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Does the Road to Hell Have Red Light Cameras?

Jun 10, 2013, Vol. 18, No. 37 • By THE SCRAPBOOK
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Longtime Weekly Standard contributor Steven Hayward, in an item at the Powerline blog, draws our attention to a report by the Federal Highway Administration and National Highway Traffic Safety Administration on “Red Light Camera Operational Systems.” As is typical with government reports, the soporific wording of the title seems designed to deter anyone from finding the fascinating information inside. The report looked at red light cameras around the country—justified in the name of safety—and found that they are actually hazardous to drivers. Red Alert Politics summarized the findings: 

The presence of red light cameras at traffic intersections increased the likelihood of rear-end crashes by 14.9 percent and the number of injuries in traffic intersections by 24 percent. Red light cameras also do little to prevent “T-bone” accidents, where the side of one vehicle is impacted by the front or rear of another vehicle, as those accidents often occur when the driver is not paying attention, and not simply disregarding a red light.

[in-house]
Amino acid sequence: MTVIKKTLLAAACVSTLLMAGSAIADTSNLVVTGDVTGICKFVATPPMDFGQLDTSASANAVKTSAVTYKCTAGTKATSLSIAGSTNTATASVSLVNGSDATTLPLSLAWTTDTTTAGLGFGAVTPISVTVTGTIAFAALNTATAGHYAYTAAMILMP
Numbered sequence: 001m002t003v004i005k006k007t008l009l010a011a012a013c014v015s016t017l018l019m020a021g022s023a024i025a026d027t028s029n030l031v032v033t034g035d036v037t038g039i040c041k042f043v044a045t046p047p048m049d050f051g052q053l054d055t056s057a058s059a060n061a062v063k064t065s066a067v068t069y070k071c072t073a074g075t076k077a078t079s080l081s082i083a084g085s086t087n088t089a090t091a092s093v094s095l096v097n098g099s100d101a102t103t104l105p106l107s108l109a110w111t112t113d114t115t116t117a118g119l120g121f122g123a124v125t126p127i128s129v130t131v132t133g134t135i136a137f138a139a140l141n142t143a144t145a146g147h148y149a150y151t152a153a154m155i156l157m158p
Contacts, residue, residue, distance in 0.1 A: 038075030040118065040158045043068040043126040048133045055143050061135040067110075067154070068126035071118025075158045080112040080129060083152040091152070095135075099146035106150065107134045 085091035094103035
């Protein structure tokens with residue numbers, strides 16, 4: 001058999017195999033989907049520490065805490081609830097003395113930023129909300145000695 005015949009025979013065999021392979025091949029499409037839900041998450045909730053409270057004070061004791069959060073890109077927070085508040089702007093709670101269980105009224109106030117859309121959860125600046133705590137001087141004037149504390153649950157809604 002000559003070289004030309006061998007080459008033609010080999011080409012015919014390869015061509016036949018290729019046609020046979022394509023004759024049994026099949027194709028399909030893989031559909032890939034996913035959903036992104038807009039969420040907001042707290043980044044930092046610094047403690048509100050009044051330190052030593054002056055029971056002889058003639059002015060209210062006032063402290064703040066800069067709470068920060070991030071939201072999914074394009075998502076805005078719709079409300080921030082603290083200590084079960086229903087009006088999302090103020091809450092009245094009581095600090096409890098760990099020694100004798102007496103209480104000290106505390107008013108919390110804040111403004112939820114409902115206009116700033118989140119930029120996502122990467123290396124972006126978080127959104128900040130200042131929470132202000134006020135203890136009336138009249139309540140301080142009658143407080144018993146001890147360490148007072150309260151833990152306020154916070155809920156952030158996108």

Though critics of red light cameras have long pointed to evidence suggesting red light cameras have this effect, the fact that the federal government has signed on should cause a reexamination of municipal priorities. Will city and local authorities who have become drunk on the revenues generated by these ticketing machines sober up and see the light? 

Given the hundreds of millions of dollars these infernal devices take in across the country, The Scrapbook doesn’t expect to see fewer red light cameras anytime soon. Hayward notes that the report on the hazards of red light cameras is yet another example of how government action is blind to the “law of unintended consequences.” Hayward, as per usual, is correct insofar as you believe public officials were sincere in their safety rhetoric. If, however, you suspect as we do that the purpose was always to raise revenue—then they are functioning precisely as they were intended to.

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